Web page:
Writing Cost Estimates And Contracts From An LLC

On the subject of limiting liability to the LLC, I understand that contracts need to by signed by the LLC and not a person (i.e., it is signed by a member of the LLC on behalf of the LLC).

So, if I am writing a cost estimate (that will function as a contract), and and if I will sign it properly by the LLC, can I still use “I” in the letter? (My question is regarding ruining the legal liability protection, not grammar.)

Examples: “I am writing to provide the requested cost estimate…” or “I estimate the work can be completed by Sept 8…”.

Thanks!

– C.D., Colorado

Answer

It’s fairly common for an incorporated business such as a limited liability company or corporation to use pronouns such as “I” or “we” in contracts. As a note, a bid or estimate can be a binding contract if it meets the legal requirements of offer, acceptance, and consideration.

The primary risk with the language in a contract is not that you’ll inadvertently pierce the corporate veil, but rather that you personally will become a party to the contract when you intended for only the LLC to be a party.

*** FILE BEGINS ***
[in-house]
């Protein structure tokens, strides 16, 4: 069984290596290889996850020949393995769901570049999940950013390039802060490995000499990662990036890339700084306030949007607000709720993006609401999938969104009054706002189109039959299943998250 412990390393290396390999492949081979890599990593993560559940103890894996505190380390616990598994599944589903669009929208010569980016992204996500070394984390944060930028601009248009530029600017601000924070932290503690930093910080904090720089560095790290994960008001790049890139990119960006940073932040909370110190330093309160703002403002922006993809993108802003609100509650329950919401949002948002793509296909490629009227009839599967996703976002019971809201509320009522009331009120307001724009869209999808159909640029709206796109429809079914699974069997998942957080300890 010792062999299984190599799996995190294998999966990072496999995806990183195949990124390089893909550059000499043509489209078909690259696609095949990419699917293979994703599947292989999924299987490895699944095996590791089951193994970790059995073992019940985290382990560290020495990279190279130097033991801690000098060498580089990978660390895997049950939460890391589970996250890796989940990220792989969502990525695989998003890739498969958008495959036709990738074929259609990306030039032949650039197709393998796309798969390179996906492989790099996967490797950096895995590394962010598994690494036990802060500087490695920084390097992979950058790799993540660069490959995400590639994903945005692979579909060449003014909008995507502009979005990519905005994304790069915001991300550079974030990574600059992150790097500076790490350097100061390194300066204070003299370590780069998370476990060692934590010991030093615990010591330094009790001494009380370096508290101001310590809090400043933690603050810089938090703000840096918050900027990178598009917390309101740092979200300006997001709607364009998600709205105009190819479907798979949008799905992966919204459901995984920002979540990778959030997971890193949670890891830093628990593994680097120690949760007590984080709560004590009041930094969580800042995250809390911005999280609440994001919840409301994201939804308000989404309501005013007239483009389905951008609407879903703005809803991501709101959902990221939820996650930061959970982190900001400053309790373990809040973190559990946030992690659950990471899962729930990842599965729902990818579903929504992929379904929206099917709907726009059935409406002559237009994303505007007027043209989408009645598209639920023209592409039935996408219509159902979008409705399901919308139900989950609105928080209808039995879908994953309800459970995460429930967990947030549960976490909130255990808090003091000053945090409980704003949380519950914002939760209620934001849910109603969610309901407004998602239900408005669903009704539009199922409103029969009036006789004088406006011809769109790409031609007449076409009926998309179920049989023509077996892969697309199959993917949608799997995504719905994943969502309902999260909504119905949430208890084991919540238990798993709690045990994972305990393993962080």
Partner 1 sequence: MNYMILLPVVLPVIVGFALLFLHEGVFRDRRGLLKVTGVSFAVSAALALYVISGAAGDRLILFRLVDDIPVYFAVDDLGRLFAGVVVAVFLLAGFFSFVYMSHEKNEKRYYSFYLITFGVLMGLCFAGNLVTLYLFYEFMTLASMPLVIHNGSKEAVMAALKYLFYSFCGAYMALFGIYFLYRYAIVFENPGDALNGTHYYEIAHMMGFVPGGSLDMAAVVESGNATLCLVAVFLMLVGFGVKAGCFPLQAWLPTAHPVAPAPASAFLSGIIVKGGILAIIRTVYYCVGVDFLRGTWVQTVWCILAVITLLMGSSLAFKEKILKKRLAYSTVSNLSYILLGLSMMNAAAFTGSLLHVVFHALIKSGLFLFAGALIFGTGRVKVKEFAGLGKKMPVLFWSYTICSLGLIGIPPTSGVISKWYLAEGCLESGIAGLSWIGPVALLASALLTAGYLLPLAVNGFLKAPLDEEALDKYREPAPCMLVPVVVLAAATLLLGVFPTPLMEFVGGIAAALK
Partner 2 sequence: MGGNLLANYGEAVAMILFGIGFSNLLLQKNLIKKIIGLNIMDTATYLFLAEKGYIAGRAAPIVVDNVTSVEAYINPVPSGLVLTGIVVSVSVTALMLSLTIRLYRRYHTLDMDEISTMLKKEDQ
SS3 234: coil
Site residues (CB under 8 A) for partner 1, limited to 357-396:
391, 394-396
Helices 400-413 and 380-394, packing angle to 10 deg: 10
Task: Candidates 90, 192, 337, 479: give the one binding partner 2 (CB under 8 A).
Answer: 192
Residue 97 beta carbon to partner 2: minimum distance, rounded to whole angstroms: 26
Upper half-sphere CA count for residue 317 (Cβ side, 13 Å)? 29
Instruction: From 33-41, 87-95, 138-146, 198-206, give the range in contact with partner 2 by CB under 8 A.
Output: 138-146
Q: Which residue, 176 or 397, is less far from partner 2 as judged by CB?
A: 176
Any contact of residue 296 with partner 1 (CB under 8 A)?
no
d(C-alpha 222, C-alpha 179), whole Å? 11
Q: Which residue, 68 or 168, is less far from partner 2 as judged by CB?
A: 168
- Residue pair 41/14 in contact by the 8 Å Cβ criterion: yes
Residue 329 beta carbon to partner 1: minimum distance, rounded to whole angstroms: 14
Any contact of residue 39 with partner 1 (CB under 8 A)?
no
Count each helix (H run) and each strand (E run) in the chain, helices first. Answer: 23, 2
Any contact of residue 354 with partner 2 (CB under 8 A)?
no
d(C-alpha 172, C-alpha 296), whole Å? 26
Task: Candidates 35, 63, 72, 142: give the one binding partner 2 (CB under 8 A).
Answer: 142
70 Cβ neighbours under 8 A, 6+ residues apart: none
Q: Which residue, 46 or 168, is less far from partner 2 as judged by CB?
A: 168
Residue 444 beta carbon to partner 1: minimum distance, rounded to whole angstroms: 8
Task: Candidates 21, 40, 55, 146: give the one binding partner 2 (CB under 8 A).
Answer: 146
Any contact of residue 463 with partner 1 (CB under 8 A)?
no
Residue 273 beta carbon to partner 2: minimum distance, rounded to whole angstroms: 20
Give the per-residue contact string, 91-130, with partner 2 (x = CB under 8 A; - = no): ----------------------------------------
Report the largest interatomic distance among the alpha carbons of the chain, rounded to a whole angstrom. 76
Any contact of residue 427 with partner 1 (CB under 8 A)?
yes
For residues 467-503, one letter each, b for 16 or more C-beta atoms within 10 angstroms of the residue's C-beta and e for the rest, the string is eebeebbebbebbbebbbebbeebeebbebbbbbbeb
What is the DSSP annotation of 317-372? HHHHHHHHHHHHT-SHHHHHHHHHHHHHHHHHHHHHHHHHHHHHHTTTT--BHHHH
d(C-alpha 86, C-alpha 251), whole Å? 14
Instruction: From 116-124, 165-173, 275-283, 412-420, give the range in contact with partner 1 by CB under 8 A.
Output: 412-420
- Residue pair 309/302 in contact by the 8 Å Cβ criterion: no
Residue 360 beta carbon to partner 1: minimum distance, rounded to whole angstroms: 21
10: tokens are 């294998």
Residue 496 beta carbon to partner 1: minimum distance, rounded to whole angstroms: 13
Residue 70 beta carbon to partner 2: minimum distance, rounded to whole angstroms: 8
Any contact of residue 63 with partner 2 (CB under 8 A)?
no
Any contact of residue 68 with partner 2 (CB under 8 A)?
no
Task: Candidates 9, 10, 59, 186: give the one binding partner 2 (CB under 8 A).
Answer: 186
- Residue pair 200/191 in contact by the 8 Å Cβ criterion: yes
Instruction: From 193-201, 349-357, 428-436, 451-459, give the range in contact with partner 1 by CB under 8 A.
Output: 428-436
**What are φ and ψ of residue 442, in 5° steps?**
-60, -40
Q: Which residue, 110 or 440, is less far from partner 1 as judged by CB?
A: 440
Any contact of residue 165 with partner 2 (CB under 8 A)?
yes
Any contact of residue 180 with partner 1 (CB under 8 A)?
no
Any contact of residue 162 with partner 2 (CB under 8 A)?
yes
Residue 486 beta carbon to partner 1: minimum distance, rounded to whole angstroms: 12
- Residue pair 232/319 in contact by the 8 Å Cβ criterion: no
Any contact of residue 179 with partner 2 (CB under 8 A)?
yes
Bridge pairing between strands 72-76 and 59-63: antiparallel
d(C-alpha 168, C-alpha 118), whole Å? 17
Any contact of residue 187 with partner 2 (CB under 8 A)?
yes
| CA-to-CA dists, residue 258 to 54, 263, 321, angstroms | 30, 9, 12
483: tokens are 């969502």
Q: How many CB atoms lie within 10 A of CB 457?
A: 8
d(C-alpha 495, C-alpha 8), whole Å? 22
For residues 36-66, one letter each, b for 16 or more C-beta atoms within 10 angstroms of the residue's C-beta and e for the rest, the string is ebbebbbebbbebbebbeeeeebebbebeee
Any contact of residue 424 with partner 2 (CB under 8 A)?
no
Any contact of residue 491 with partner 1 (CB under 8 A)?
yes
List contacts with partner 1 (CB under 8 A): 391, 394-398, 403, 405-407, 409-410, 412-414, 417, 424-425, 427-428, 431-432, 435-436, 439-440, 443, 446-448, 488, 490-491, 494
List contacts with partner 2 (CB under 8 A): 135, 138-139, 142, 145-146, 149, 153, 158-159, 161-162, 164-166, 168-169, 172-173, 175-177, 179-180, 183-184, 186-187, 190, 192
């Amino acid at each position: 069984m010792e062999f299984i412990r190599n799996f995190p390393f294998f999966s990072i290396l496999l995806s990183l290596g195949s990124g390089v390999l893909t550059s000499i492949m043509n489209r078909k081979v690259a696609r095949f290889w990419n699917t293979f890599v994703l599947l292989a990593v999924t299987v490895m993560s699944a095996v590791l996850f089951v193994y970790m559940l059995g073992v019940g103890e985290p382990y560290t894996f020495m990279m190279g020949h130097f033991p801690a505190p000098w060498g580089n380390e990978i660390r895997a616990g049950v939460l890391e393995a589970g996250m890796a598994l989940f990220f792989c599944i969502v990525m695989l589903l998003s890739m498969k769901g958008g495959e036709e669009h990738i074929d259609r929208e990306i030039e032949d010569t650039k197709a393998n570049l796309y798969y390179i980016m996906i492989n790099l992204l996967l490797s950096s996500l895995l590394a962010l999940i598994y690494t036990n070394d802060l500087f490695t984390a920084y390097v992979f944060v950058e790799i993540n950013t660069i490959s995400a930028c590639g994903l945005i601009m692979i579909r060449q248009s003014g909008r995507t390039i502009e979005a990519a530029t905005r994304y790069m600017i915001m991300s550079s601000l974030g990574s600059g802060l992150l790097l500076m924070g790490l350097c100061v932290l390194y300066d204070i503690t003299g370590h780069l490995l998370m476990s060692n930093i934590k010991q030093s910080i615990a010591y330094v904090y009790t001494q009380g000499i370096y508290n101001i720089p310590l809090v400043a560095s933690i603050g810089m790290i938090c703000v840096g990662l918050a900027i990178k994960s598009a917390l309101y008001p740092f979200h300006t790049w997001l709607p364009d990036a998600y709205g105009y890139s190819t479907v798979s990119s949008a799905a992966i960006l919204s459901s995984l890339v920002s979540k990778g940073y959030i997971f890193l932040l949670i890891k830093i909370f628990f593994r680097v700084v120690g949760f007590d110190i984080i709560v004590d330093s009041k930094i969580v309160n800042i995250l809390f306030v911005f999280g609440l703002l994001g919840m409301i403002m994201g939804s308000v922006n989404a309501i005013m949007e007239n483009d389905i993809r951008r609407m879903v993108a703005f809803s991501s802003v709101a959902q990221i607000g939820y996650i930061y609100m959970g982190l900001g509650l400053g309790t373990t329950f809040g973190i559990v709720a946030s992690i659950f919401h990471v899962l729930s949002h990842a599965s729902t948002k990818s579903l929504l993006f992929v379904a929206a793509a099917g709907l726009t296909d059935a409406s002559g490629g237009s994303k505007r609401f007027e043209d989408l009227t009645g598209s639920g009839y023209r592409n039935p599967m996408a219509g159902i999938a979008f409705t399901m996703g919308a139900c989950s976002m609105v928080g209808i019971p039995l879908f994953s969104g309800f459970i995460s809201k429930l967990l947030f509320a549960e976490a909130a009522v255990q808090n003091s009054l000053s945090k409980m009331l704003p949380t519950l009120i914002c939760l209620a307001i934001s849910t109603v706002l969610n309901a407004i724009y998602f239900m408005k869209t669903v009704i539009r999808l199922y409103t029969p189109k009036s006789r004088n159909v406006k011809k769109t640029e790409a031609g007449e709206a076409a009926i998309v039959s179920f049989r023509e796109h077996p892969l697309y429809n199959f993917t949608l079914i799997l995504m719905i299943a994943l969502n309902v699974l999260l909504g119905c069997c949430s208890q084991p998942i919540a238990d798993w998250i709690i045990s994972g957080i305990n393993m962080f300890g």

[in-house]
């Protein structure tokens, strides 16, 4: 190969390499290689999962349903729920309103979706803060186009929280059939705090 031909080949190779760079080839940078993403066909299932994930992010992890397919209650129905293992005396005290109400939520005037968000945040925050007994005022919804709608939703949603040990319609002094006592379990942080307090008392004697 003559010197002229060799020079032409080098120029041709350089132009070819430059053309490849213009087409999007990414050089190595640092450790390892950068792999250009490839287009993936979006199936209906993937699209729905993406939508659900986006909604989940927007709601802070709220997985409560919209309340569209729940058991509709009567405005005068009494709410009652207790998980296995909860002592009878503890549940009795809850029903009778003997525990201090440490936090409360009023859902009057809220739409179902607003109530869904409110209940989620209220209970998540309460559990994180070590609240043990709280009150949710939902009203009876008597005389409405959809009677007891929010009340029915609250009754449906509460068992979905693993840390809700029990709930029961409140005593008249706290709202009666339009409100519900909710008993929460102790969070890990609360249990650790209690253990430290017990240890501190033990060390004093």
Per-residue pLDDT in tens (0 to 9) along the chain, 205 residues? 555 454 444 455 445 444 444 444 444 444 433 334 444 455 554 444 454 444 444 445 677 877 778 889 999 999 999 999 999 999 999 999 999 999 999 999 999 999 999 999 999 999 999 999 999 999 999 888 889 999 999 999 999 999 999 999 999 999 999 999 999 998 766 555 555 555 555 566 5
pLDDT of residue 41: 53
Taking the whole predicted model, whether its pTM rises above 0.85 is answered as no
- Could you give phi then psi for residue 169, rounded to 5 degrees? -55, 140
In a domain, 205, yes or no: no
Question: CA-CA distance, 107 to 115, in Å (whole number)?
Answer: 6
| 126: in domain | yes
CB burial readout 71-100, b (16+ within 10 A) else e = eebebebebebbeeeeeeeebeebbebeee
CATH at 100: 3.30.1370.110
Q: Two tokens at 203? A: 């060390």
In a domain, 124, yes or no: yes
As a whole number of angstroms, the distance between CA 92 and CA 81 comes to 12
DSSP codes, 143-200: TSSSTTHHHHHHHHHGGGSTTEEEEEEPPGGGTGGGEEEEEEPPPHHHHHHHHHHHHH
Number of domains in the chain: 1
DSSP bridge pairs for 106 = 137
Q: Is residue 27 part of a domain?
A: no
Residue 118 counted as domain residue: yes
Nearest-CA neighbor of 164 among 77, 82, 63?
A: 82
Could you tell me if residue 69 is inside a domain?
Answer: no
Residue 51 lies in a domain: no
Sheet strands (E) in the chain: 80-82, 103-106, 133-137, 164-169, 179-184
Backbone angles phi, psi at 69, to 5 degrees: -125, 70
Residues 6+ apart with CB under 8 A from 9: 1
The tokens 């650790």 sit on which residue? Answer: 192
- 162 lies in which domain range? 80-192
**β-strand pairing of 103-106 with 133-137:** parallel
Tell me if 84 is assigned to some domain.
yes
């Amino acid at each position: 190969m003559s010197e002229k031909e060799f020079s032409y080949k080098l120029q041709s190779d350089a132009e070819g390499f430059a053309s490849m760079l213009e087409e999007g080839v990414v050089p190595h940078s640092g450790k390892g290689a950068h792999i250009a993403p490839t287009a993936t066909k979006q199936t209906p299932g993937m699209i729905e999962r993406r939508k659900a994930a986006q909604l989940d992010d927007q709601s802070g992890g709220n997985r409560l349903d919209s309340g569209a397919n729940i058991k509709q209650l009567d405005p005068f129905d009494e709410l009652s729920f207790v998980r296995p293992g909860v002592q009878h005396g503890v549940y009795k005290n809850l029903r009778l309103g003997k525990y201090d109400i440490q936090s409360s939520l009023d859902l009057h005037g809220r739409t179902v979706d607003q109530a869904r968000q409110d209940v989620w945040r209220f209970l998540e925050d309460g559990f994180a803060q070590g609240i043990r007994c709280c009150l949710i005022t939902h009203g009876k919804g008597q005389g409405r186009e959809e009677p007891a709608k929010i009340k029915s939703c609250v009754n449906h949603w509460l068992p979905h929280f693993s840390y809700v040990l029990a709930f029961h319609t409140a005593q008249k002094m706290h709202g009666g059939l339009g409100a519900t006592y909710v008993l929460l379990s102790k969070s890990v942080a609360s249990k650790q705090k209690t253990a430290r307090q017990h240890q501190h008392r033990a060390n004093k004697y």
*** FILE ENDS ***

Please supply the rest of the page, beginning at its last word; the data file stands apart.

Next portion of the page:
Here are a few steps you can take:

1. The letterhead of the contract/bid should clearly state that it is XYZ, LLC entering into the contract, not John Smith.

2. The signature line needs to read something such as:

XZY, LLC

By:______________________(sign here)
Its:_Member of XYZ, LLC__

3. If you want to be very careful, the first paragraph of your contract/bid can read something like:

This contract is made and entered into on this _________ (date), by and between XYZ, LLC, a Colorado limited liability company (“Us” or “We” or “Contractor”) and ________________, (“You” or “Customer”).

Then, make sure you consistently use the terms as you defined them above.

On the flip side, if you are dealing with a limited liability company, but you want to hold the owner’s personally accountable and not just the LLC, then you’ll need to either have them explicitly sign the agreement in their personal capacity or have them sign a separate personal guaranty document.

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